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Murphy - Tuesday Afternoon* – Log Day 15

Subtle Changes

As the miles to go figure diminishes and we can say with some confidence that after today we have only two more full days to go before we reach St Lucia there is a discernible shift in the crew's focus. Thoughts are straying ever more frequently to the arrival itself (which is going to be unbelievably exciting), flights home and reuniting with family. We seem now to be in some settled weather that is allowing us to head directly for the finish line under main and poled-out genoa and it looks as though it should continue, so we are fairly confident that we shall arrive early Friday morning. This will allow our younger crew members to catch the flights we booked for them originally and get home to their husbands, wives and children as early as possible and exactly on schedule. The captain is thinking more and more about seeing his own wife, who is expecting to arrive in St Lucia by air the next day. Were it possible, absence would certainly have made this heart grow fonder.

Weather and the ship's company

Only one more squall to report since yesterday, and yes, true to form, it was the dawn watch (Jake and Jeff) that caught it and were duly drenched again. Nobody said life was fair – as I write, however, all are dry and the sun has got his hat on – factor 50 all round.

Happy hour post Desert Island Discs

Now that we have heard everybody's selections and in the absence of a karaoke machine (Thank god, muttered one of the crew) last night's happy hour was an opportunity to extend the crew's musical education (Not again, the same voice muttered). So the traditional G&Ts were taken to the strains of the Bombay Bicycle Club (A different kind of fix), followed by the haunting Choir of Young Believers (Scandinavian thriller addicts would have recognised the title music from BBC4's The Bridge, Hollow Talk).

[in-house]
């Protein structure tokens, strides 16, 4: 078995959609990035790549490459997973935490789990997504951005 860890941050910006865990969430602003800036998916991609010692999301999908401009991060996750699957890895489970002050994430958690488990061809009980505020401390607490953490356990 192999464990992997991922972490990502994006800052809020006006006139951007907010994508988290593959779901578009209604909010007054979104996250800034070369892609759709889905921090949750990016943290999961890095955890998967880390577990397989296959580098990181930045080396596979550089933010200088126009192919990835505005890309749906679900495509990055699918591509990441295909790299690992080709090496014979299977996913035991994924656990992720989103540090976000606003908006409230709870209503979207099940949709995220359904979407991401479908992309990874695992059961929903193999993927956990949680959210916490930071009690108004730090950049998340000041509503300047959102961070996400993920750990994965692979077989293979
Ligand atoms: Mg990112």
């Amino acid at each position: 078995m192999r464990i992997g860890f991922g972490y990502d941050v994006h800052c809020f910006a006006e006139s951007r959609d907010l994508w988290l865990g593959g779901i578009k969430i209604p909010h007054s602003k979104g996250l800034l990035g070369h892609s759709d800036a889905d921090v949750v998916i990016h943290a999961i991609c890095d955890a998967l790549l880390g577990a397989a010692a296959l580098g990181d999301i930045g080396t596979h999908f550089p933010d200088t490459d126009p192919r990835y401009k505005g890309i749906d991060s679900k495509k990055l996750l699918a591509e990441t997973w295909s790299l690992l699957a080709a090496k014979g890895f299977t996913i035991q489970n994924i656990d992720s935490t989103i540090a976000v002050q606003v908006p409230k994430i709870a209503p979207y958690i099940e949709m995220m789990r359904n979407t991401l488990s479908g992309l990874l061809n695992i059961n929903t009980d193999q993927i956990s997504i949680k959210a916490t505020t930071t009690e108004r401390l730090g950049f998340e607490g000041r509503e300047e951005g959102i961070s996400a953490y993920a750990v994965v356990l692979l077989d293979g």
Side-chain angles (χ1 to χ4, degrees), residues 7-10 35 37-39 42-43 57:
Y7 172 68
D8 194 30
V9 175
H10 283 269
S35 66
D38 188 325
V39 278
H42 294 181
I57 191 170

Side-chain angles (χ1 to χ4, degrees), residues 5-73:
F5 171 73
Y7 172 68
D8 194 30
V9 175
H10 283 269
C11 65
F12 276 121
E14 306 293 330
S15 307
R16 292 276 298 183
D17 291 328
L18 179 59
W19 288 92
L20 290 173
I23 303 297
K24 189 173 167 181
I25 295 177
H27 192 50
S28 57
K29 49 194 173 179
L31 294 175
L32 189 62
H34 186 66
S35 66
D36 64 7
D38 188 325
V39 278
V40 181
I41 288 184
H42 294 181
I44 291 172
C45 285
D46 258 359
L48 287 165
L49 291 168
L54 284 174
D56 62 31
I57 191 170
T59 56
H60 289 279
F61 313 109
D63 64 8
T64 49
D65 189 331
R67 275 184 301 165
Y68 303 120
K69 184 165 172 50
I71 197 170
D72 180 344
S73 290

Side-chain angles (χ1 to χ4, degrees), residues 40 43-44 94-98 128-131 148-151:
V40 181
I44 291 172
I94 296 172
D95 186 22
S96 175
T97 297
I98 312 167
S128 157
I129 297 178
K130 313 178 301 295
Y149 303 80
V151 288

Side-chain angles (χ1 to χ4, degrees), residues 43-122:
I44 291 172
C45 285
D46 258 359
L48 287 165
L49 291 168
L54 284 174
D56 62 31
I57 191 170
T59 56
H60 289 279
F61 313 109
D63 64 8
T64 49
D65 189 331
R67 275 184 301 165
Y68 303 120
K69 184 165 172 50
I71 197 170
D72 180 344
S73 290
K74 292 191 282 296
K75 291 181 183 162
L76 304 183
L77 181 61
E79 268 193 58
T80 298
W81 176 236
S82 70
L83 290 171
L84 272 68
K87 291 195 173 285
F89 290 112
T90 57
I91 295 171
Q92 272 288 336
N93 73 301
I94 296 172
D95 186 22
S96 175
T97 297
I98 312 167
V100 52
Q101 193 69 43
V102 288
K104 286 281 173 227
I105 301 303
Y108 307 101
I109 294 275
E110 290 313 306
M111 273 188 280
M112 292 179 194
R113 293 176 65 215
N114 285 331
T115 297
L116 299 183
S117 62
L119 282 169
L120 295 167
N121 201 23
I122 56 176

It sometimes seems as if we are totally alone out here in the rolling ocean and it has certainly got us wandering whether we have chosen a particularly eccentric course (where are all those 200 or so other ARCers?), but, as if to disprove at least one of these thoughts, yesterday we had another pretty close encounter with a commercial vessel – this time an oil tanker on its way to Lagos, Nigeria, the Moray. All these encounters seem to take place at night, with the first intimation the springing up of a triangle on the chart-plotter, heading at vast speed straight at us. Luckily in all cases so far the ship concerned seems to have been keeping a good lookout and we have passed safely.

Food and Andrew losing his marbles

Dinner last night was another Jeff Taylor triumph, a pan-fried meaty fish (translated on the last Spanish menu on which I saw it as Stone Bass) with crispy sautéed potatoes and onions and the inevitable cabbage (the only fresh vegetable that is now left, but very nice anyway). In anticipation of this feast the captain had earlier shared with Lucinda (probably the only crew member who could be trusted with this information) the location of the secret wine stash and had allowed her to move a bottle to the open wine store. I have only just realised that we then FORGOT TO DRINK IT! There'll be some making up to do tonight.

Encoded message

Finally this encoded message was intercepted this morning – of unknown origin for unknown recipients – we pass it on just in case it means something to anyone:

Squeezy cuddles to Arthur and Hugo from Mummy”.


Footnote: *Tuesday Afternoon – Enough with the musical references! For those unsure to what this one refers it is a track from one of the greatest albums of all time, Days of Future Past by the Moody Blues.


Andrew, Lucinda, Jake and Jeff

Noon, Tuesday 11th December, 2012

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